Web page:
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Major study reveals marine sponges are a reservoir of exceptional microbial diversity

Major study reveals marine sponges are a reservoir of exceptional microbial diversity


Less than 1% of known sponge species worldwide were examined in this study, yet over 40 000 microbe species were found within the samples. Image: David Abdo / Department of Fisheries, WA

Thanks to an impressive collaborative effort, scientists have revealed that a tiny fraction of marine sponges are host to almost 40,000 different microbes – a finding that highlights the massive contribution of sponges to the total microbial diversity of the world’s oceans.

Microbes are essential for life, for example, in humans they regulate our immune system, aid in food digestion and even contribute to our brain function.  Their importance extends right across the tree of life, including the 8,000 or so species of living sponges that represent the oldest multi-cellular animals. While marine sponges display a vast array of colours and shapes, their microbial communities are no less exciting. The extent of this complexity was revealed in a study published in the prestigious journal, Nature Communications, which involved researchers from 19 separate institutions around the world.

Whilst it has been known for some time that sponges have very complex microbial communities that contribute to their health and survival, the research team set out to show just how diverse these communities are. Their analysis of 81 sponge species (less than one per cent of all described species) detected almost 40,000 different microbes – to put that in to context, the seawater surrounding these sponges hosted a comparatively small 15,000 microbial species. Perhaps even more striking, is the finding that one single sponge species contained 12,000 different microbes! Complex network analysis of this diversity showed that the microbes interact with each other in similar ways across the different sponge species and these interaction patterns suggest that unrelated sponge species have evolved similar traits as a result of having to adapt to similar environments.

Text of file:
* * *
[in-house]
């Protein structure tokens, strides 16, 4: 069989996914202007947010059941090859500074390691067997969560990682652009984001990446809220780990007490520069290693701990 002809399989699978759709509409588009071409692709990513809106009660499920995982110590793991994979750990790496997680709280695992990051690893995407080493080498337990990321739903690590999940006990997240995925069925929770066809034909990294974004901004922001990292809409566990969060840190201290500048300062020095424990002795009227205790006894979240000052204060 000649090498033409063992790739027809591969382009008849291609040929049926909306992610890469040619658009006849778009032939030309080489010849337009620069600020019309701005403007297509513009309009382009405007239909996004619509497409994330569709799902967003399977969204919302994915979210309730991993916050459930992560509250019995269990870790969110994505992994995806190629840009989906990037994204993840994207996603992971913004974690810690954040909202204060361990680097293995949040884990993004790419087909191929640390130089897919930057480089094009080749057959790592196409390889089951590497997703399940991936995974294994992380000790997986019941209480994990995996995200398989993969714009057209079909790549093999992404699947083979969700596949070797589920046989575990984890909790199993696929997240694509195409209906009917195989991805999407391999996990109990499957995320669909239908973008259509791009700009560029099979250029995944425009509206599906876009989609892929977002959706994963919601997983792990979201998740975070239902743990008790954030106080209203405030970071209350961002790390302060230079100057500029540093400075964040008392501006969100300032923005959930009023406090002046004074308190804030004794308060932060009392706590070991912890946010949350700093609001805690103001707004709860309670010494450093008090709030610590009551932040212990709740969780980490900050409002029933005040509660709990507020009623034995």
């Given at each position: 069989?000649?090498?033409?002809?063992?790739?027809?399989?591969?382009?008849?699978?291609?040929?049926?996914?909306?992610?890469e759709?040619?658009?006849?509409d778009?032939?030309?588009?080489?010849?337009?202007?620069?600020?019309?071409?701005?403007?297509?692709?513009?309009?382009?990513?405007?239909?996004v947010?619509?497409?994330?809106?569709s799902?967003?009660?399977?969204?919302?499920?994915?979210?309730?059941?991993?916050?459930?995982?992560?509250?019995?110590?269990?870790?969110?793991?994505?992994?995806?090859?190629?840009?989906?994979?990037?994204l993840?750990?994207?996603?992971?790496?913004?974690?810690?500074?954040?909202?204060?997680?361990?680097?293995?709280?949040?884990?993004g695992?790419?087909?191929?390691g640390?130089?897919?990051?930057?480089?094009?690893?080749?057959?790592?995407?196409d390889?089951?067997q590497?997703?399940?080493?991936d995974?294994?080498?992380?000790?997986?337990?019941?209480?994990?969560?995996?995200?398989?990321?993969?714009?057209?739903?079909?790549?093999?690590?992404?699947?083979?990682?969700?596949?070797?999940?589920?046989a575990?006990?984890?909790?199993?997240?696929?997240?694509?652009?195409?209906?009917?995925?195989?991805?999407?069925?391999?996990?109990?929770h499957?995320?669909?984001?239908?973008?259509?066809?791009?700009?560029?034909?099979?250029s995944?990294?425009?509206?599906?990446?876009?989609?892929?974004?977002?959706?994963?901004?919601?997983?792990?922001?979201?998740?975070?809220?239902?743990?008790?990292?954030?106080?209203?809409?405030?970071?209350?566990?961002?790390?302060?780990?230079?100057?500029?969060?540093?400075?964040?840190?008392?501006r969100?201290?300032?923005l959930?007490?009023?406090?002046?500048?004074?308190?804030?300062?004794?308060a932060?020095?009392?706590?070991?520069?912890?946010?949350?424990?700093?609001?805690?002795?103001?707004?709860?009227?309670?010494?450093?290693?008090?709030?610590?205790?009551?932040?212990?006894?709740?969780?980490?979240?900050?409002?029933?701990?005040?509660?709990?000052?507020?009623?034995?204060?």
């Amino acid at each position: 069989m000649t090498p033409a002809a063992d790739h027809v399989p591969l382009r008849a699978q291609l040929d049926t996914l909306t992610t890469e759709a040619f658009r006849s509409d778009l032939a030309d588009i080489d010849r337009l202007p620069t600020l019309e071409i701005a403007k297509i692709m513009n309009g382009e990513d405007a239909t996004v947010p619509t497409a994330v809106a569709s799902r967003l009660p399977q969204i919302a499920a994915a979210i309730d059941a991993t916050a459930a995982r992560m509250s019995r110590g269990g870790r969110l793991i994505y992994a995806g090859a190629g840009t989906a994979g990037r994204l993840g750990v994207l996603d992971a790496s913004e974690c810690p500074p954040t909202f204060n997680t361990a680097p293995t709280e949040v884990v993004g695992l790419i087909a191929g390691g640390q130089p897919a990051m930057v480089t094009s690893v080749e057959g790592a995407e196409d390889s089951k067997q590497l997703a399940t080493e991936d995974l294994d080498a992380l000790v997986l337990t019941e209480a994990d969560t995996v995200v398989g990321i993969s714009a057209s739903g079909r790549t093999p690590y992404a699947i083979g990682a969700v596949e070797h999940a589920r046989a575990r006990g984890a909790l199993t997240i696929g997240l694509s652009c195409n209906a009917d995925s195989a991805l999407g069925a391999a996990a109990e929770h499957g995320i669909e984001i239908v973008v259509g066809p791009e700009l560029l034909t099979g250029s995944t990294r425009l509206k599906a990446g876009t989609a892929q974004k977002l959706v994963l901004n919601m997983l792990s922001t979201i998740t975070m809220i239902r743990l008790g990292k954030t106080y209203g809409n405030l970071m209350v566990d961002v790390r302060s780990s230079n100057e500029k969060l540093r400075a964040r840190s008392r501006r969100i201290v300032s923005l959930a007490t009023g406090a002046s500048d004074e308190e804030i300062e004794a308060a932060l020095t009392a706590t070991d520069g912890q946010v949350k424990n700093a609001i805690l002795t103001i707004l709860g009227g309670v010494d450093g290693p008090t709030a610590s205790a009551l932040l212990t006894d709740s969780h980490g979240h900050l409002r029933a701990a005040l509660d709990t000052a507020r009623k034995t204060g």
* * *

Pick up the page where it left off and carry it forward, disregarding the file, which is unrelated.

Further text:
This massive undertaking is unprecedented in the scientific community. Never before has such a large-scale sequencing effort been undertaken, examining species collected right across the globe, from the Atlantic, Pacific and Indian Oceans, as well as the Mediterranean and Red Seas. This massive contribution to marine microbial diversity highlights the potential importance of sponges in research and development of new products that may have pharmaceutical, nutritional and personal care applications.

Click here for more information on AIMS' research on marine microbes

For more information, please contact:

Dr Nicole Webster
Experimental Scientist
Australian Institute of Marine Science
n.webster@aims.gov.au
+61 7 4753 4151; +61 0 407 148 476

Sponges are filter-feeders and are the oldest multicellular animals on the planet. They harbour incredibly diverse microbial communities, a diversity far higher than the surrounding water they feed from. Image: David Abdo / Depart. of Fisheries, WA

AIMS researcher Dr Nicole Webster collecting sponge samples off the Western Australian coast. Researchers from 19 institutions around the world sampled marine sponges from the Pacific, Atlantic and Indian Oceans, the Mediterranean and the Red Seas to reveal the enormous contribution of sponges to marine microbial biodiversity.

Most sponge microbes symbionts were specialists – that is, they were only found on 1 or 2 species of sponges, rather than occurring uniformly across the group. Image: David Abdo / Dept. of Fisheries, WA

This TEM (Transmission Electron Microscope) image shows an example of the microbe diversity within sponges. Microbes are vital for the function of multicellular organisms, including humans. These results demonstrate the importance of sponges in harbouring unique, diverse microbial communities.